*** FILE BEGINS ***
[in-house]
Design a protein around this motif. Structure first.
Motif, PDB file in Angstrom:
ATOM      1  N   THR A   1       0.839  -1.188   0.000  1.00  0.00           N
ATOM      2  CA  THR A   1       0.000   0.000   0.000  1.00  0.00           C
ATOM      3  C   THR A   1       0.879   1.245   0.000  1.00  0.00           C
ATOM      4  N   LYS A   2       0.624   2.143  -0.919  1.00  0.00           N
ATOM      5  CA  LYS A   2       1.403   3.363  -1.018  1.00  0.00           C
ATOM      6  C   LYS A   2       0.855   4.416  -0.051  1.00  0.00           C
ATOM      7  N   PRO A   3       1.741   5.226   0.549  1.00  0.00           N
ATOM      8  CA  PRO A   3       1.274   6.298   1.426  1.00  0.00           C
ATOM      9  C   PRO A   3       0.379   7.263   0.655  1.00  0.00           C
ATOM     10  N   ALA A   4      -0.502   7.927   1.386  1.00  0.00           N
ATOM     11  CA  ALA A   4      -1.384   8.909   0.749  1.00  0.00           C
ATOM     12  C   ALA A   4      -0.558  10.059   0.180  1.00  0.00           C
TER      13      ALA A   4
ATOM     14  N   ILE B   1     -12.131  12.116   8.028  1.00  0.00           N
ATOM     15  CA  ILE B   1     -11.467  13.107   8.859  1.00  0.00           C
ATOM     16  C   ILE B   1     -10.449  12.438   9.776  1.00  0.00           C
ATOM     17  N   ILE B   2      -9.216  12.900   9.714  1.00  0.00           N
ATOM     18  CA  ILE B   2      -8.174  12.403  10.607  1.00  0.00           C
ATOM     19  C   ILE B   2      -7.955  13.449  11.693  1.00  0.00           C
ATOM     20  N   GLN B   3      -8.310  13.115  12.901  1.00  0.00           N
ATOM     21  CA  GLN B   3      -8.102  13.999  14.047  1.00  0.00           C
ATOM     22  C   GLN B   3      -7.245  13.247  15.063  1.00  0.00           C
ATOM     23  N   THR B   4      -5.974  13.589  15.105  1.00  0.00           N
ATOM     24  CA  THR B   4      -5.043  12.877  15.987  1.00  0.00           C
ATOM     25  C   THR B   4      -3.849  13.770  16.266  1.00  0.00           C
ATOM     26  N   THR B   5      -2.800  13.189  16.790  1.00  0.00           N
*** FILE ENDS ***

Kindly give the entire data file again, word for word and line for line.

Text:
[in-house]
Design a protein around this motif. Structure first.
Motif, PDB file in Angstrom:
ATOM      1  N   THR A   1       0.839  -1.188   0.000  1.00  0.00           N
ATOM      2  CA  THR A   1       0.000   0.000   0.000  1.00  0.00           C
ATOM      3  C   THR A   1       0.879   1.245   0.000  1.00  0.00           C
ATOM      4  N   LYS A   2       0.624   2.143  -0.919  1.00  0.00           N
ATOM      5  CA  LYS A   2       1.403   3.363  -1.018  1.00  0.00           C
ATOM      6  C   LYS A   2       0.855   4.416  -0.051  1.00  0.00           C
ATOM      7  N   PRO A   3       1.741   5.226   0.549  1.00  0.00           N
ATOM      8  CA  PRO A   3       1.274   6.298   1.426  1.00  0.00           C
ATOM      9  C   PRO A   3       0.379   7.263   0.655  1.00  0.00           C
ATOM     10  N   ALA A   4      -0.502   7.927   1.386  1.00  0.00           N
ATOM     11  CA  ALA A   4      -1.384   8.909   0.749  1.00  0.00           C
ATOM     12  C   ALA A   4      -0.558  10.059   0.180  1.00  0.00           C
TER      13      ALA A   4
ATOM     14  N   ILE B   1     -12.131  12.116   8.028  1.00  0.00           N
ATOM     15  CA  ILE B   1     -11.467  13.107   8.859  1.00  0.00           C
ATOM     16  C   ILE B   1     -10.449  12.438   9.776  1.00  0.00           C
ATOM     17  N   ILE B   2      -9.216  12.900   9.714  1.00  0.00           N
ATOM     18  CA  ILE B   2      -8.174  12.403  10.607  1.00  0.00           C
ATOM     19  C   ILE B   2      -7.955  13.449  11.693  1.00  0.00           C
ATOM     20  N   GLN B   3      -8.310  13.115  12.901  1.00  0.00           N
ATOM     21  CA  GLN B   3      -8.102  13.999  14.047  1.00  0.00           C
ATOM     22  C   GLN B   3      -7.245  13.247  15.063  1.00  0.00           C
ATOM     23  N   THR B   4      -5.974  13.589  15.105  1.00  0.00           N
ATOM     24  CA  THR B   4      -5.043  12.877  15.987  1.00  0.00           C
ATOM     25  C   THR B   4      -3.849  13.770  16.266  1.00  0.00           C
ATOM     26  N   THR B   5      -2.800  13.189  16.790  1.00  0.00           N